By Sabina Mollot
Since the opening of the new fitness playground in Stuyvesant Town on August 1, management has been taking the space’s age restrictions seriously, by putting some parents on notice.
Over the weekend, we heard from David Dartley, a resident who was irked to receive a letter from management he described as “creepy,” that asked him to keep his too-young kid out of the playground.
The letter, signed from Public Safety Chief William McClellan, read, in part, “As we’re of the belief that your child was observed on the Fitness Playground this past weekend, we respectfully ask that you adhere to the policies for the good of all residents who wish to work out without interference from unsupervised children.”
Dartley admitted to us that his kids were on the playground, explaining that he saw other young children there too, and figured the worst thing that could happen is for them to get kicked out. The playground is restricted to users who are 15 and up as well as 12-14 with parental supervision.
Dartley, who also isn’t happy about the age restrictions, said the letter made him wonder how management knew who he and his kids were, from the key-card he used to get in or surveillance cameras.
“One of the only plausible scenarios I can imagine is that PCVST actually used camera images to identify who I was using only my appearance. And I’m aware of one other family that is similarly creeped out,” said Dartley. He also posted about his experience on the Stuyvesant Town-Peter Cooper Village Tenants Association Facebook page where other parents piped in to say they too had gotten a note. Other comments offered a variety of opinions on whether kids should be at the playground as well as wondering why management was strictly enforcing this particular policy as opposed to cracking down to people who don’t clean up after their dogs or cover their floors.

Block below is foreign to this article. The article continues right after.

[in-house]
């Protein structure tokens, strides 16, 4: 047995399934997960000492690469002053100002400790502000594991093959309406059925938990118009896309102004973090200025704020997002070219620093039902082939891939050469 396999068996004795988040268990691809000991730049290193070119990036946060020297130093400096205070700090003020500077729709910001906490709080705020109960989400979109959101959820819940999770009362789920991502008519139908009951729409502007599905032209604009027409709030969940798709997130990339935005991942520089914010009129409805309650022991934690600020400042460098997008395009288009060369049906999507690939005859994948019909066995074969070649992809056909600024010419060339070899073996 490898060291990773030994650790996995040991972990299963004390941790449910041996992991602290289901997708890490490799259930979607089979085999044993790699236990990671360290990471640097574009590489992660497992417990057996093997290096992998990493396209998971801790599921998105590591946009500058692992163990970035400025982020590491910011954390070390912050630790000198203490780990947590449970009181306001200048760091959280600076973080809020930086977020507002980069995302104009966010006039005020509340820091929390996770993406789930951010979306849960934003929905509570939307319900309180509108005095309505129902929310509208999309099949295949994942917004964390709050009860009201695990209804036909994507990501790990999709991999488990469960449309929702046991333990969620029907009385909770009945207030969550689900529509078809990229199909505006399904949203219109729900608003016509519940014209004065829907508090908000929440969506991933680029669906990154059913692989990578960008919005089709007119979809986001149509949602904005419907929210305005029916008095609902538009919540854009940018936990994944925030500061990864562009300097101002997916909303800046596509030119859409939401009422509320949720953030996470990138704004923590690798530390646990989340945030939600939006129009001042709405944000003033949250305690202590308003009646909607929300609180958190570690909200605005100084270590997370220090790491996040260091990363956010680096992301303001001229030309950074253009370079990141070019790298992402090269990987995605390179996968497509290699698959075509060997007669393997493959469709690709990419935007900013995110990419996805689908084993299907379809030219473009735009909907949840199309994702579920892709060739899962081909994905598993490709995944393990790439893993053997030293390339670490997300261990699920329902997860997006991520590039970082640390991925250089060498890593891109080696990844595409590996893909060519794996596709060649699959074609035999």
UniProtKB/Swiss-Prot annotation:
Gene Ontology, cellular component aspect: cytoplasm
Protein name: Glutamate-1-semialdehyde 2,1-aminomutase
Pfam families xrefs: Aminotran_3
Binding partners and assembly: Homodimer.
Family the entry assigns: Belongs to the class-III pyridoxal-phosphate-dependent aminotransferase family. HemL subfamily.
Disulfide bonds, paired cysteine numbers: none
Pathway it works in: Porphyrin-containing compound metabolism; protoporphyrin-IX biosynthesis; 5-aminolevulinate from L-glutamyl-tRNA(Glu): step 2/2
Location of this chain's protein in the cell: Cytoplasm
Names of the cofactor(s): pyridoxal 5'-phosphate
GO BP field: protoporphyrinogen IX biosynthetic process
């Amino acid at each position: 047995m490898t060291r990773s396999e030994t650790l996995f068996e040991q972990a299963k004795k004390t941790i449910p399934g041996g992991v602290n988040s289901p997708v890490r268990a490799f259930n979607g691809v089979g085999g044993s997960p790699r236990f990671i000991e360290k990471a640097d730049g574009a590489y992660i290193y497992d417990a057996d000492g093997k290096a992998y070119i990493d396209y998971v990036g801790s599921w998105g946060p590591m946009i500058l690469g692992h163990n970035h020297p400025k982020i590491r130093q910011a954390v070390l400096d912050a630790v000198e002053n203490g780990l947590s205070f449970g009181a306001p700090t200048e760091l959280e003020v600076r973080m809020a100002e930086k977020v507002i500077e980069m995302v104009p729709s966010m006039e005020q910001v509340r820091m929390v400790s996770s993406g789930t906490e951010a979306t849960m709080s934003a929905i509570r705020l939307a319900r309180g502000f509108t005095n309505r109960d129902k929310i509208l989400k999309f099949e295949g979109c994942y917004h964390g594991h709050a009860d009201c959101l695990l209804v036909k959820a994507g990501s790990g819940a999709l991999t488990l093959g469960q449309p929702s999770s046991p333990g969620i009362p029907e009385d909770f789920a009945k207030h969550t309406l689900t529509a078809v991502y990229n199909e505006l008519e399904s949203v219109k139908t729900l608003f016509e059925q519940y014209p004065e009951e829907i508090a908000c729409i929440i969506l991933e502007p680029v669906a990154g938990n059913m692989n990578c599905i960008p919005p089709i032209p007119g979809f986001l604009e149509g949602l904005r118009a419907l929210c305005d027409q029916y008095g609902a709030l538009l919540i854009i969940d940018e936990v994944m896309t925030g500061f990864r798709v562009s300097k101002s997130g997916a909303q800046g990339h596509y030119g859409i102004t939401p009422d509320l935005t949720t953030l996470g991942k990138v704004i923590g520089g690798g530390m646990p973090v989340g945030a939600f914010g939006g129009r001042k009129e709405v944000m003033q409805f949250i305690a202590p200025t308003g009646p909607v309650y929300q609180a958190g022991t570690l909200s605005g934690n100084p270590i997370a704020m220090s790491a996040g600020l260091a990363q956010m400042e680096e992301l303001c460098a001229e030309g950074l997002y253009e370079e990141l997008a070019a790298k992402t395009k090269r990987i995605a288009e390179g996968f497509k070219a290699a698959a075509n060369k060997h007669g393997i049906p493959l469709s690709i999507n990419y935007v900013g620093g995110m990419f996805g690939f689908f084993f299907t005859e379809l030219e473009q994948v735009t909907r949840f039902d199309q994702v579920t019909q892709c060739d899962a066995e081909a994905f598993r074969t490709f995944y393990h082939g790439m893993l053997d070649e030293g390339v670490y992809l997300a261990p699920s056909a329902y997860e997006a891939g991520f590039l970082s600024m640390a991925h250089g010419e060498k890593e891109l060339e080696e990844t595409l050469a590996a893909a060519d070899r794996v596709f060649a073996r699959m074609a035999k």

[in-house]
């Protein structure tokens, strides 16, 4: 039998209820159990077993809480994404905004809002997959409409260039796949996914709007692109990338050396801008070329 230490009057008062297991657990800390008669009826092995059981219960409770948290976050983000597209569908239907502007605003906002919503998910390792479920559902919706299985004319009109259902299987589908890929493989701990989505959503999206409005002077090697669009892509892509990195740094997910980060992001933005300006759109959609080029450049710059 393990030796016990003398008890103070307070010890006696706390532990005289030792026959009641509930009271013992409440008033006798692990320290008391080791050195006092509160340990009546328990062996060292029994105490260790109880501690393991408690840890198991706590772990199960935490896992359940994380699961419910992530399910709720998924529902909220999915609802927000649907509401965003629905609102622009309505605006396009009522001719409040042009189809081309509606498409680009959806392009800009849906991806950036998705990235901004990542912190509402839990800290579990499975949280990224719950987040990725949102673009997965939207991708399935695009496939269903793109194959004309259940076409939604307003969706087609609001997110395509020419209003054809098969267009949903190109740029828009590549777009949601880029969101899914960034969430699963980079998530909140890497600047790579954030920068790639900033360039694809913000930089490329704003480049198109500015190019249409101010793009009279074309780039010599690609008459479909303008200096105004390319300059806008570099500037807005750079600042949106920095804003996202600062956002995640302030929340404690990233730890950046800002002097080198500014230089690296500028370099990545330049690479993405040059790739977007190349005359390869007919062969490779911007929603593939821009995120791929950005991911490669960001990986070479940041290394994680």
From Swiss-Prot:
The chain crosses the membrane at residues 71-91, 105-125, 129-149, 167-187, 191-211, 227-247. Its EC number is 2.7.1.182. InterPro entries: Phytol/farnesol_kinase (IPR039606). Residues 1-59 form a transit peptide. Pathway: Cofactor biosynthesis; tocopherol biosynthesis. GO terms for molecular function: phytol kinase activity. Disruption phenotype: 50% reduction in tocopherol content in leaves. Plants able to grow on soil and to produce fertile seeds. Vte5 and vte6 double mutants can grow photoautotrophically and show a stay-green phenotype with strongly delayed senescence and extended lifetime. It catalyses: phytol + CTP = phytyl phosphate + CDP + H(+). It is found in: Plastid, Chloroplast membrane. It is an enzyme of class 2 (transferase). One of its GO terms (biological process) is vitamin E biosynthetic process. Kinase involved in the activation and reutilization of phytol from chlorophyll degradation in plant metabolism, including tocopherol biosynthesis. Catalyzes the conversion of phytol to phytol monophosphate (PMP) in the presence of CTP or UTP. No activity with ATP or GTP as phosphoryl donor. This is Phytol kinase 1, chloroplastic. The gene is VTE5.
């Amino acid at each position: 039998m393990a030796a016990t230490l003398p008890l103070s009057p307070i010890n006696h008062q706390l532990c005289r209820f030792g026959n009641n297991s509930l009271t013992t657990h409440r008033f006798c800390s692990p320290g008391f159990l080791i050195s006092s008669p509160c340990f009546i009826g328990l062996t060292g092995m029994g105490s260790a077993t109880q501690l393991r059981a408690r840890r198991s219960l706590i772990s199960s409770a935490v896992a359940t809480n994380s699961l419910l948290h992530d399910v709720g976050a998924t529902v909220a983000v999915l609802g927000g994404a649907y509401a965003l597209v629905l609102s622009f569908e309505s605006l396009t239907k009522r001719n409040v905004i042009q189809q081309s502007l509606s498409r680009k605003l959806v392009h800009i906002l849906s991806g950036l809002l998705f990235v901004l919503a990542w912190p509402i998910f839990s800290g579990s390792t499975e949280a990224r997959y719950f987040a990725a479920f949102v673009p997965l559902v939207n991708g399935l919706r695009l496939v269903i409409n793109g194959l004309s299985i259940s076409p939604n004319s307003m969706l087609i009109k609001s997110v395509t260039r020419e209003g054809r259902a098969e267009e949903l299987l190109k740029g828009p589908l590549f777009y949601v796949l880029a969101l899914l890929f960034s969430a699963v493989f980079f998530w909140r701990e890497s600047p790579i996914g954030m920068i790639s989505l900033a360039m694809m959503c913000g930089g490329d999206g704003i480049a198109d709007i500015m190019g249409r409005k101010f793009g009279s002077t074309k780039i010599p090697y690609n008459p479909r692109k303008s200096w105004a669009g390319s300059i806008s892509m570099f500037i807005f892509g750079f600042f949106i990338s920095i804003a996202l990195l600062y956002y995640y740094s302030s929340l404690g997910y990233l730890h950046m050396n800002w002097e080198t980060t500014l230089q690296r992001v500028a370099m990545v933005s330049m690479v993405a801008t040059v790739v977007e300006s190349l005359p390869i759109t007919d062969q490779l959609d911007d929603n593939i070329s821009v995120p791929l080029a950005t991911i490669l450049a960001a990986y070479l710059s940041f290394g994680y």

Some longterm residents may find the letter reminiscent of the days when Met Life used to do the same thing, alerting parents if their kids had been caught breaking a rule like walking on the grass.
Asked about the letters to residents, a spokesperson for SPS would only say the age restrictions are necessary to ensure the safety of those using the playground. McClellan’s letter also said as much, citing the equipment manufacturer’s recommendations. Bikes, scooters and skateboards are also off-limits.
The new playground, formerly known as Playground 7 or the hockey playground, includes a looped track, an obstacle course with tires, stationary cardio machines, upper body training tools and core and abdominal exercise benches.
In related news, last Thursday, in one of its newsletters to residents, StuyTown property Services erroneously stated Town & Village had erroneously published information about the age restrictions at the new fitness playground. We did no such thing. The article the newsletter referred to, “All playgrounds in ST/PCV to be renovated,” in T&V’s August 3 issue, didn’t even mention the playground’s age restrictions at all.
There was, however, a quote from General Manager Rick Hayduk about how the playground was designed for a multi-generational crowd.
The statement: “Regardless of age anyone can use this playground. We said it’s got to be able to function for a 25-year-old American ninja wannabe as well as a 70-year-old who wants to improve their balance and strength,” Hayduk said at the playground’s opening.
Management has previously stated the playground’s age restrictions and they are posted alongside the playground.